Business Taxes: When you start making money off of your business, the pain you feel when you pay Uncle Sam is going to be immense. Incredibly so… is an understatement. The worst part? We’ll go ahead and wager that you’ll eventually make a tax mistake.

Form an S-corp not an LLC. Honestly… practically everyone is going to go through the same growing pains. They form an LLC because it is the easiest way to get your first business up and running… Then… the pain comes. You realize you paid 15% (or more!) in taxes – self employment tax buddy! If you generate $200K in income per year… That is $30,000 USD for nothing. You are paying an extra $30,000 for public services you don’t use and meals for prisoners (no joke). If you have kids… we will go ahead and bet that you’ll send them to private school instead of the horrific public school system!

While we have highlighted the importance of an S-corp twice, here are some basic house keeping tips: 1) Once you clear ~$75-150K in income, get an accountant, 2) Keep every single receipt for your business, everything from that dinner bill to your cellphone bill… keep it *all*, 3) take 2-3 days out of the beginning of the year and read up on tax code changes. No exceptions to any of these three rules.

Personal Taxes: If all of your income comes from a W-2… There is not much you can do. We would say your best bet is to avoid *exchange taxes*. Any time you move a large sum of money there is a high probability that someone is going to take a cut. As an older mentor once said “Stay in the flow of money and you’ll get rich”. It is true. When large sums of money change hands, someone is usually picking up a fee.

The easiest example here is any sort of rollover. Lets say you roll over money from one investment account to another. If one is pre-tax and the new one is post-tax… Make sure you look up the rules on *timing*. If you start your career in New York city and move to Texas… Wait until you officially live in Texas before moving the assets. Simplistically, if you move a 401K into a Roth, you are going to pay *both* state and federal taxes. Texas has *NO* state tax! This means you should not roll over a single cent until you are officially in Texas. ~7-9% in taxes saved! (this may or may not have happened to one of our authors)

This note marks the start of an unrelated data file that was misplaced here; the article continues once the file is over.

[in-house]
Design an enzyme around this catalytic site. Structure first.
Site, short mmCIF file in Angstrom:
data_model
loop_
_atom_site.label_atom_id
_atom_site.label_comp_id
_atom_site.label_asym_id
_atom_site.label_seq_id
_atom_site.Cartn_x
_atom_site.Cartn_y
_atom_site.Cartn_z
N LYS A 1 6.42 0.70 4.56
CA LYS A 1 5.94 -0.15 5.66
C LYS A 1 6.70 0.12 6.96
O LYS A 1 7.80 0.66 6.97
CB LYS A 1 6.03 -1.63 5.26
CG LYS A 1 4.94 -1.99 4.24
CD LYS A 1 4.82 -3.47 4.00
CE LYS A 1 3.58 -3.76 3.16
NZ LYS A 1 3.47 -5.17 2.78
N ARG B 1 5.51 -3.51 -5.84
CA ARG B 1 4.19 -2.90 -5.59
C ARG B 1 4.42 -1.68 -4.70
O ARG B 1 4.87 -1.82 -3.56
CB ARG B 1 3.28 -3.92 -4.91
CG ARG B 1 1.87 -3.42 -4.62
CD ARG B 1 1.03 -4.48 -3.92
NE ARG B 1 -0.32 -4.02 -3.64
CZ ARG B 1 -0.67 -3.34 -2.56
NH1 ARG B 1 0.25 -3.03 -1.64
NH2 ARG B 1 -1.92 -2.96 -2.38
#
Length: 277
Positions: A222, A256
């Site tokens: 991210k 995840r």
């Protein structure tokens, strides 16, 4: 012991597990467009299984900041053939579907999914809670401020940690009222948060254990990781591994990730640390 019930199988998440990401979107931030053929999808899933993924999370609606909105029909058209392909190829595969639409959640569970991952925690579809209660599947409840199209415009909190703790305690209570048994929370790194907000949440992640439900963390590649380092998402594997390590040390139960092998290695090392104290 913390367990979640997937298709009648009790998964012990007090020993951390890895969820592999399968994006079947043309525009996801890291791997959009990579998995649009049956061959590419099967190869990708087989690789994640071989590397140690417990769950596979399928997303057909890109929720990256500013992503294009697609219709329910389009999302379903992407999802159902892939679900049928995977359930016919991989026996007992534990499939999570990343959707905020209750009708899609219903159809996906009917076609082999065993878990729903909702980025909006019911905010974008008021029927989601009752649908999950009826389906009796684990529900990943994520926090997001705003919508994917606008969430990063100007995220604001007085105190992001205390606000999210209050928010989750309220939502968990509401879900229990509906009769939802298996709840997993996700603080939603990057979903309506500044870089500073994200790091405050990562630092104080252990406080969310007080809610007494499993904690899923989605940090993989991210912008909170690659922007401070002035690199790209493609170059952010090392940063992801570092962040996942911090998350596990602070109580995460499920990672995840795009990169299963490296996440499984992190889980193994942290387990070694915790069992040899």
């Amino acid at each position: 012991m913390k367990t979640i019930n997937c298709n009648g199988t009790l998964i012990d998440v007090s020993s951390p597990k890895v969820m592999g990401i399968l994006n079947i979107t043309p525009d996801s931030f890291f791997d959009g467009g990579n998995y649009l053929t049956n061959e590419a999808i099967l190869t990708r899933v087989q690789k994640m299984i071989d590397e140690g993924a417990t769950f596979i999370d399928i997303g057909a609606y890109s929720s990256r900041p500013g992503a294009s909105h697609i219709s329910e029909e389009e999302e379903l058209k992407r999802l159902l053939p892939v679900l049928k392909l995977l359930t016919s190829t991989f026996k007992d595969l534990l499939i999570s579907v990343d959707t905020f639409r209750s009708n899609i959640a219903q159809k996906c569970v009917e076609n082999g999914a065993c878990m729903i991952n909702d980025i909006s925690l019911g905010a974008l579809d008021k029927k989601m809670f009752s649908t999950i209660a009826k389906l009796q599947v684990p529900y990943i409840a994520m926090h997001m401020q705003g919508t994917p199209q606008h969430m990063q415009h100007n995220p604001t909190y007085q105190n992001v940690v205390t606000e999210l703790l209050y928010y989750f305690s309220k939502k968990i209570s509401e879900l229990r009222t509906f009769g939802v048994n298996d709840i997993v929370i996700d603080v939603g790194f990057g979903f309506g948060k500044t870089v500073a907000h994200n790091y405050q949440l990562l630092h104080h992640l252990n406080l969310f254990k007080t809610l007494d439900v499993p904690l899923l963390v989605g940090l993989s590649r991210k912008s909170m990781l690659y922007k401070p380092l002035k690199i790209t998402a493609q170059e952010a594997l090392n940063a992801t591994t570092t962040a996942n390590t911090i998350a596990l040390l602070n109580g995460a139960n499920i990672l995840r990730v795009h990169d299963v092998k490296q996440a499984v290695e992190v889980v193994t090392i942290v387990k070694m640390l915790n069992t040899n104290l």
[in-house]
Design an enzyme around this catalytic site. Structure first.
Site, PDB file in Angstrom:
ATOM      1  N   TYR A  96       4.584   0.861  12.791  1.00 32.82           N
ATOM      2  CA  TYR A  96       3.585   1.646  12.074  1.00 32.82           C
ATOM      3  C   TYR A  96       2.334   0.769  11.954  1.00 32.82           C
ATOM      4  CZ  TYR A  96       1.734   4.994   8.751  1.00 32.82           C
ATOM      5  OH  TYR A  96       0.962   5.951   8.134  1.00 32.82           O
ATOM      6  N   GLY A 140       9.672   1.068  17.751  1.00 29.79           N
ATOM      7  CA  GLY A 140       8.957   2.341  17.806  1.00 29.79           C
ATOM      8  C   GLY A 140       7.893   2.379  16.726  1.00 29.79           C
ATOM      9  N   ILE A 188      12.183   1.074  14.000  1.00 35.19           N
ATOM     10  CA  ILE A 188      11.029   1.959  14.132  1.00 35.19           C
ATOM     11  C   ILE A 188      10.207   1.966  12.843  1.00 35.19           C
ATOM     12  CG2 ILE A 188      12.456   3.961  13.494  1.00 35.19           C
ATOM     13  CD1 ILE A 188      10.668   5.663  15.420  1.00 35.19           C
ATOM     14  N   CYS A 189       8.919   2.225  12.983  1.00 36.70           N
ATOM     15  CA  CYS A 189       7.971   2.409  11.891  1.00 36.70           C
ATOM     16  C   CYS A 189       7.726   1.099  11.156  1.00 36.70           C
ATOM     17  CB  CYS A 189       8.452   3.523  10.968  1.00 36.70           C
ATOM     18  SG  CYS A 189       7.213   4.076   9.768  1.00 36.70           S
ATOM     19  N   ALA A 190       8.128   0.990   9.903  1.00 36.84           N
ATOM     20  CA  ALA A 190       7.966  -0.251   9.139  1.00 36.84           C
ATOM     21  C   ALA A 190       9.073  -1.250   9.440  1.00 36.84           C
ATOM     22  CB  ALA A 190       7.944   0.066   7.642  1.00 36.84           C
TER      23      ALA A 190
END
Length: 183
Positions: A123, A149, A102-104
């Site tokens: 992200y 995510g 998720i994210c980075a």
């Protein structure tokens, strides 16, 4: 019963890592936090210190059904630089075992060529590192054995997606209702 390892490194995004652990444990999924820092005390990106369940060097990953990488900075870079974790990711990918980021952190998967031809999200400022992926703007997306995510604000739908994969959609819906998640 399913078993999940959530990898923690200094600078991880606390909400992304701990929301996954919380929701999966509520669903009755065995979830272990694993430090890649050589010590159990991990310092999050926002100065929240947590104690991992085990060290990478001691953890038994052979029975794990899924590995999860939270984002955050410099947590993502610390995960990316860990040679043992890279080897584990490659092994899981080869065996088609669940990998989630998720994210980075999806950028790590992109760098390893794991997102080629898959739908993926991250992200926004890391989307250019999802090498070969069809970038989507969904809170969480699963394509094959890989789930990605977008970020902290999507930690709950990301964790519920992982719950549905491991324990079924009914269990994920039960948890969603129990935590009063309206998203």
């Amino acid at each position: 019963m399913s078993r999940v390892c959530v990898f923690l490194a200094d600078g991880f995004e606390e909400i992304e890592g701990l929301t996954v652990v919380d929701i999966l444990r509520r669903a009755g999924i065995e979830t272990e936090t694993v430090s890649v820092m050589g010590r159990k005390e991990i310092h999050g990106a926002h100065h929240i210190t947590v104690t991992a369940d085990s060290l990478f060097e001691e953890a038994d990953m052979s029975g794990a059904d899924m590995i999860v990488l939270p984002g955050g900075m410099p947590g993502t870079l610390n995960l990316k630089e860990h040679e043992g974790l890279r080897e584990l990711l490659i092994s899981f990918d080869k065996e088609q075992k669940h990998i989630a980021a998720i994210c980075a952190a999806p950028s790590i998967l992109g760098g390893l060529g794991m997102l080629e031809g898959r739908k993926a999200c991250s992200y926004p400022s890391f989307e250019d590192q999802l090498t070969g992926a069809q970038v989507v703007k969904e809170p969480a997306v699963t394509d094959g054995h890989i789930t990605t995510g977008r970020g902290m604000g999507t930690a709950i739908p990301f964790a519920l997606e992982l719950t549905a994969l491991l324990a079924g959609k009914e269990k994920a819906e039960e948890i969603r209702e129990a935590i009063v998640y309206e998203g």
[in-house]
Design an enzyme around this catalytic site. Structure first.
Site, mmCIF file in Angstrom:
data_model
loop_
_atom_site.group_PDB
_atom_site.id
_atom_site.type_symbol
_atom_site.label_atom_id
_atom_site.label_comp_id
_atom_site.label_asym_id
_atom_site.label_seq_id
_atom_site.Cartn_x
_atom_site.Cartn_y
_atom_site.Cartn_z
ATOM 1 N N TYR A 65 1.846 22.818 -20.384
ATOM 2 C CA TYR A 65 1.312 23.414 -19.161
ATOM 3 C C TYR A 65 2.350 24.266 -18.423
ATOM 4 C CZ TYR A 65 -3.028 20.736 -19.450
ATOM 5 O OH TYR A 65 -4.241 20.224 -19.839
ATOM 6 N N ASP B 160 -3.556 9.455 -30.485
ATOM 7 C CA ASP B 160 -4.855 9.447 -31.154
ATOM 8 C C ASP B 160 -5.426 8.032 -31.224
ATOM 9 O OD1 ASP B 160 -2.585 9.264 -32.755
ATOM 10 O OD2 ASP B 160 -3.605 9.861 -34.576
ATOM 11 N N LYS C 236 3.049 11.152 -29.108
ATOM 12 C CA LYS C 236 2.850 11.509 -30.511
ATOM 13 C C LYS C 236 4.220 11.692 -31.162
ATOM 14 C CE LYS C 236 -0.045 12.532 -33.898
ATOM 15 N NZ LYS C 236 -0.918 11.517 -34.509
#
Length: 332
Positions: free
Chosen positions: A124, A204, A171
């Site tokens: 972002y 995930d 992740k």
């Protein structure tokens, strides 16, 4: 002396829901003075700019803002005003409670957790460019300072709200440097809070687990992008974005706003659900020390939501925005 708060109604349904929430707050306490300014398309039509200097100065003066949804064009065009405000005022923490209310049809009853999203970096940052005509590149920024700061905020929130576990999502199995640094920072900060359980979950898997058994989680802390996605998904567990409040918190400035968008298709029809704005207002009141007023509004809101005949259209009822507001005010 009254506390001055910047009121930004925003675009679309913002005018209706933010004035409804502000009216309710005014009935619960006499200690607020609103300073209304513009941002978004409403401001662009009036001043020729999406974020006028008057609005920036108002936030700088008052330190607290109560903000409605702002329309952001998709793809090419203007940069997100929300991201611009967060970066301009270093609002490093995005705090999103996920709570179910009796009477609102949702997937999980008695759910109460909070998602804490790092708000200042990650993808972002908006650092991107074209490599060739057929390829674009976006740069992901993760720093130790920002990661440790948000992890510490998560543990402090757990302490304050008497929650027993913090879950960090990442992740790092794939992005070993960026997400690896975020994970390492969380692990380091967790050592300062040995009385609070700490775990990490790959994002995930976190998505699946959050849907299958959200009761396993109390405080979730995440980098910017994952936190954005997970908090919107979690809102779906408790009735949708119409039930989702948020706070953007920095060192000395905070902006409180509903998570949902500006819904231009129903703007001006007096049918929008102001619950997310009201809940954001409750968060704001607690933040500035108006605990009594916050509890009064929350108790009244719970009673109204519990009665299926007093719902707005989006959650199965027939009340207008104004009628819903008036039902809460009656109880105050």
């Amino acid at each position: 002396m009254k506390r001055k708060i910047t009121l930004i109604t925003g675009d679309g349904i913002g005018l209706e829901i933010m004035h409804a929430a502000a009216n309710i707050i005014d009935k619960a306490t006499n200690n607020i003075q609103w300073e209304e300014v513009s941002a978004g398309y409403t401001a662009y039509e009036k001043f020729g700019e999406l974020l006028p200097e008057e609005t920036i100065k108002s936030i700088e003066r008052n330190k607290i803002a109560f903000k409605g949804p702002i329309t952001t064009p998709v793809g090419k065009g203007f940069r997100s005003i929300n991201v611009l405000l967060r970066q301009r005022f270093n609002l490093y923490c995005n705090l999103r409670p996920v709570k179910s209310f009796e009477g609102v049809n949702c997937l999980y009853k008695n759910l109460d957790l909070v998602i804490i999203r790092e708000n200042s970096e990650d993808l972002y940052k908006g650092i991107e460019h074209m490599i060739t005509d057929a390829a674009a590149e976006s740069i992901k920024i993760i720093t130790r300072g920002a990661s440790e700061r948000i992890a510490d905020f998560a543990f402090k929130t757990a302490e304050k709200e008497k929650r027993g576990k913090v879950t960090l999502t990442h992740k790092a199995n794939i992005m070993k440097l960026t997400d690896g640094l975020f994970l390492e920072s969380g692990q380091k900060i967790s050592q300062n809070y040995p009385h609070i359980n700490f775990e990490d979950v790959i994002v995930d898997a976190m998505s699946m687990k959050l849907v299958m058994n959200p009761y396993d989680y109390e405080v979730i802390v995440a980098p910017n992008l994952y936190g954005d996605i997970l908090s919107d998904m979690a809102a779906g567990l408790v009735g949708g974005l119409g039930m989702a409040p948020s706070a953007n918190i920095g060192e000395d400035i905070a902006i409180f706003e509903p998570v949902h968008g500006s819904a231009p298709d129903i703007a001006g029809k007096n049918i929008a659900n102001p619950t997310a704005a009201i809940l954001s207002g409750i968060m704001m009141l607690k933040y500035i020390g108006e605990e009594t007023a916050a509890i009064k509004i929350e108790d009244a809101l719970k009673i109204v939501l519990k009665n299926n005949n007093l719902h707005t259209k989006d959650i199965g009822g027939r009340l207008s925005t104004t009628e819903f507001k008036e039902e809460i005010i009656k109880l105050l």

The Wrong Hire: Wall Street recruiting usually consists of ~5-7 rounds of interviews, if you thought recruiting was brutal… Wait until you are on the other end of the table! If you hire the wrong person it is going to cost you *at least* $100K. That is not an exaggeration. Now you know why everyone is so intense and risk averse.

Why does it cost so much? Think about it. If it takes 1 month to find a new hire that is lost time. Lost time is lost revenue. In a competitive industry like Wall Street an extra recruiting headache is worth *at least* $20-30K/month to you. In addition, you have to train the person. It takes six months to train a new hire! Even if the new hire is experienced, the training period is still ~6 months.

Lets add this up. $25K search cost + ~6 months of training (assuming base salary of $120K) = $85K

That is just the tip of the iceberg! Lets add on the additional cost of firing a new hire… After 6 months,  you have to use political capital to fire them and you look like a poor decision maker! This is a hit to your reputation that is more costly than the $85K!